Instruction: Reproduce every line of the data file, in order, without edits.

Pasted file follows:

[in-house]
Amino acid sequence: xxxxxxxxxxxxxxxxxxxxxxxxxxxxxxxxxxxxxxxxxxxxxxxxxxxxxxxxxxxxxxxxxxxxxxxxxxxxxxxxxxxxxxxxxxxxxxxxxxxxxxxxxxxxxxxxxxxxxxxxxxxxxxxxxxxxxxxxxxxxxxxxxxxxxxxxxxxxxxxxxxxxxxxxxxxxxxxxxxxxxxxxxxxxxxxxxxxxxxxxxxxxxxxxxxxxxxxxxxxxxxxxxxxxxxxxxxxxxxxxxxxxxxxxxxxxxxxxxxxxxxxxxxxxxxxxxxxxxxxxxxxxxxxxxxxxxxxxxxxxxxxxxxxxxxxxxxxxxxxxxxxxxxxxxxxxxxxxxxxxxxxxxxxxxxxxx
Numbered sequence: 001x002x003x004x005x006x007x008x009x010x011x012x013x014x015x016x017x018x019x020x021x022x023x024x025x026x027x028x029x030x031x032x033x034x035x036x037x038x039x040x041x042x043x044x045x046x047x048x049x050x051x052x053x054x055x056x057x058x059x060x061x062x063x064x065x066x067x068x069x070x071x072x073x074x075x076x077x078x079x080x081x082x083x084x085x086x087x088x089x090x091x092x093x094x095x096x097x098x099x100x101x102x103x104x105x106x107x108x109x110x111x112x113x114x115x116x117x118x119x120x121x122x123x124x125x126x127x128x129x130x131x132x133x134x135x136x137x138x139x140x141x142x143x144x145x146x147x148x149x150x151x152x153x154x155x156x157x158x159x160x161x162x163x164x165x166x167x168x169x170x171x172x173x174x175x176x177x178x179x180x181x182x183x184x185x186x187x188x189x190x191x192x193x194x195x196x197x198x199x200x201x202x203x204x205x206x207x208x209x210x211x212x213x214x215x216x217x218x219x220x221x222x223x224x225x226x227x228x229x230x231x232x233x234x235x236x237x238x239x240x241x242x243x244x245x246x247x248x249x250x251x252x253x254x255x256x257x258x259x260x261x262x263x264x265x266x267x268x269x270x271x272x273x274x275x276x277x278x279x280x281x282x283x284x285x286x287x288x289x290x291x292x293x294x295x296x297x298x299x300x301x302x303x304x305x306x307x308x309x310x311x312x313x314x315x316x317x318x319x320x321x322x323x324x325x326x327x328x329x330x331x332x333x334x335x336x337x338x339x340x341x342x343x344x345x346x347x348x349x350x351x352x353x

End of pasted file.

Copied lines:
[in-house]
Amino acid sequence: xxxxxxxxxxxxxxxxxxxxxxxxxxxxxxxxxxxxxxxxxxxxxxxxxxxxxxxxxxxxxxxxxxxxxxxxxxxxxxxxxxxxxxxxxxxxxxxxxxxxxxxxxxxxxxxxxxxxxxxxxxxxxxxxxxxxxxxxxxxxxxxxxxxxxxxxxxxxxxxxxxxxxxxxxxxxxxxxxxxxxxxxxxxxxxxxxxxxxxxxxxxxxxxxxxxxxxxxxxxxxxxxxxxxxxxxxxxxxxxxxxxxxxxxxxxxxxxxxxxxxxxxxxxxxxxxxxxxxxxxxxxxxxxxxxxxxxxxxxxxxxxxxxxxxxxxxxxxxxxxxxxxxxxxxxxxxxxxxxxxxxxxxxxxxxxxx
Numbered sequence: 001x002x003x004x005x006x007x008x009x010x011x012x013x014x015x016x017x018x019x020x021x022x023x024x025x026x027x028x029x030x031x032x033x034x035x036x037x038x039x040x041x042x043x044x045x046x047x048x049x050x051x052x053x054x055x056x057x058x059x060x061x062x063x064x065x066x067x068x069x070x071x072x073x074x075x076x077x078x079x080x081x082x083x084x085x086x087x088x089x090x091x092x093x094x095x096x097x098x099x100x101x102x103x104x105x106x107x108x109x110x111x112x113x114x115x116x117x118x119x120x121x122x123x124x125x126x127x128x129x130x131x132x133x134x135x136x137x138x139x140x141x142x143x144x145x146x147x148x149x150x151x152x153x154x155x156x157x158x159x160x161x162x163x164x165x166x167x168x169x170x171x172x173x174x175x176x177x178x179x180x181x182x183x184x185x186x187x188x189x190x191x192x193x194x195x196x197x198x199x200x201x202x203x204x205x206x207x208x209x210x211x212x213x214x215x216x217x218x219x220x221x222x223x224x225x226x227x228x229x230x231x232x233x234x235x236x237x238x239x240x241x242x243x244x245x246x247x248x249x250x251x252x253x254x255x256x257x258x259x260x261x262x263x264x265x266x267x268x269x270x271x272x273x274x275x276x277x278x279x280x281x282x283x284x285x286x287x288x289x290x291x292x293x294x295x296x297x298x299x300x301x302x303x304x305x306x307x308x309x310x311x312x313x314x315x316x317x318x319x320x321x322x323x324x325x326x327x328x329x330x331x332x333x334x335x336x337x338x339x340x341x342x343x344x345x346x347x348x349x350x351x352x353x